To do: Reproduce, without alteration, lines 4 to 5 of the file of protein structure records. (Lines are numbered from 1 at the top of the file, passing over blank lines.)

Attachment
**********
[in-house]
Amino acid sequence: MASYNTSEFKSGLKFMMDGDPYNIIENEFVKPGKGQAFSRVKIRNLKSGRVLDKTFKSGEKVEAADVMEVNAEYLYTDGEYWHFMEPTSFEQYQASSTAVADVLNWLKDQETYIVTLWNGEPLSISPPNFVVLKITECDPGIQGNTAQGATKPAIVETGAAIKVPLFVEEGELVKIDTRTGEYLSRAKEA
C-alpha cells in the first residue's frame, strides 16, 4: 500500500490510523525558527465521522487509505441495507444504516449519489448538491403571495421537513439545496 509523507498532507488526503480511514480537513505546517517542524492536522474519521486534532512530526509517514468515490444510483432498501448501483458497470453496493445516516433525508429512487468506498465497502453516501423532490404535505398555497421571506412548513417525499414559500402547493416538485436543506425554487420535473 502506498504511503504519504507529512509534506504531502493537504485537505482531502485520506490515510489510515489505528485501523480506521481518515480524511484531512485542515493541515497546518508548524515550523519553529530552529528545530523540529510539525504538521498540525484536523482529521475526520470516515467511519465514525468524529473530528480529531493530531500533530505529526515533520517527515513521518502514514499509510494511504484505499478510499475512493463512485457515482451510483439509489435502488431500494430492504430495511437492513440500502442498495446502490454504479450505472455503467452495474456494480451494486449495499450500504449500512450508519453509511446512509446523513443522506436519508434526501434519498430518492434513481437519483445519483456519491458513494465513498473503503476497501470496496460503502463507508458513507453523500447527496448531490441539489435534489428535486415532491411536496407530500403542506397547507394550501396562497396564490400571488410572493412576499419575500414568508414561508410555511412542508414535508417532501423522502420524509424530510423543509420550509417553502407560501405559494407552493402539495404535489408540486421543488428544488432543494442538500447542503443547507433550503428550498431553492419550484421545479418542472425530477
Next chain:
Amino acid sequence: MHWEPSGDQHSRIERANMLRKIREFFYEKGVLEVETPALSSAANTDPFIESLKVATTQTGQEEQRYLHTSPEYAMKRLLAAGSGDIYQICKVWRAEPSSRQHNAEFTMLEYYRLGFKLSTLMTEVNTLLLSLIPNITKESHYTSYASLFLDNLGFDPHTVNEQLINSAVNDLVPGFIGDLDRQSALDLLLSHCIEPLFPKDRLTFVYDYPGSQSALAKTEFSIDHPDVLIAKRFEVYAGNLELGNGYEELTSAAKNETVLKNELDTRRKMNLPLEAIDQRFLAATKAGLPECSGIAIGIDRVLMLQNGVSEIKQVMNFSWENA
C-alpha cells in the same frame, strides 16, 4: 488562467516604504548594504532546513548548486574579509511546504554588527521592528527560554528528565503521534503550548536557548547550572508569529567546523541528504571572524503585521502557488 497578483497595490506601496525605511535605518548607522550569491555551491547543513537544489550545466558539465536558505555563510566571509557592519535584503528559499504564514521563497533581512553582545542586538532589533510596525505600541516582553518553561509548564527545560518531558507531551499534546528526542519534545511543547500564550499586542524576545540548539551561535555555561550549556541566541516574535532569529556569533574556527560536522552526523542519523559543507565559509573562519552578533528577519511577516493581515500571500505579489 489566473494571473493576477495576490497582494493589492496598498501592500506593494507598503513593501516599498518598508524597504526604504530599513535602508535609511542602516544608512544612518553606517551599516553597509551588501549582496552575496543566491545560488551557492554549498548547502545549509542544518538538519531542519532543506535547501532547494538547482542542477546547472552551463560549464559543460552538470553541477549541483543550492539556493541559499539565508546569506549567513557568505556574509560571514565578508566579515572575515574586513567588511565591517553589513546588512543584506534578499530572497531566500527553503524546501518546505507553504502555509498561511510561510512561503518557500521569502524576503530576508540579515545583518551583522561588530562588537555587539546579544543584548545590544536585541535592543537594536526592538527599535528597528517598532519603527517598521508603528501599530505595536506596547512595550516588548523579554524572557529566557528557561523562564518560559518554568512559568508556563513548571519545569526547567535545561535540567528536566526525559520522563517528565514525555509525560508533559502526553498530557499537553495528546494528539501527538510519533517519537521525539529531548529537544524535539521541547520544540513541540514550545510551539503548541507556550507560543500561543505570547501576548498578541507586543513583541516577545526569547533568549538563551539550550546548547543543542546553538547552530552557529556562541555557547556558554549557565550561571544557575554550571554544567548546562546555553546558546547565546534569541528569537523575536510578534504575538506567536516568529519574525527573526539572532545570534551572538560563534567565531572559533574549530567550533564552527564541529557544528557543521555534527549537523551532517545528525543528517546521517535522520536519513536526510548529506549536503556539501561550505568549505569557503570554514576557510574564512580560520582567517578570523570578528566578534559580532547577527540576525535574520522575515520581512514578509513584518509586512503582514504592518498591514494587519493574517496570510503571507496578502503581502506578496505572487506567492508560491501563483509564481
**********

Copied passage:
Next chain:
Amino acid sequence: MHWEPSGDQHSRIERANMLRKIREFFYEKGVLEVETPALSSAANTDPFIESLKVATTQTGQEEQRYLHTSPEYAMKRLLAAGSGDIYQICKVWRAEPSSRQHNAEFTMLEYYRLGFKLSTLMTEVNTLLLSLIPNITKESHYTSYASLFLDNLGFDPHTVNEQLINSAVNDLVPGFIGDLDRQSALDLLLSHCIEPLFPKDRLTFVYDYPGSQSALAKTEFSIDHPDVLIAKRFEVYAGNLELGNGYEELTSAAKNETVLKNELDTRRKMNLPLEAIDQRFLAATKAGLPECSGIAIGIDRVLMLQNGVSEIKQVMNFSWENA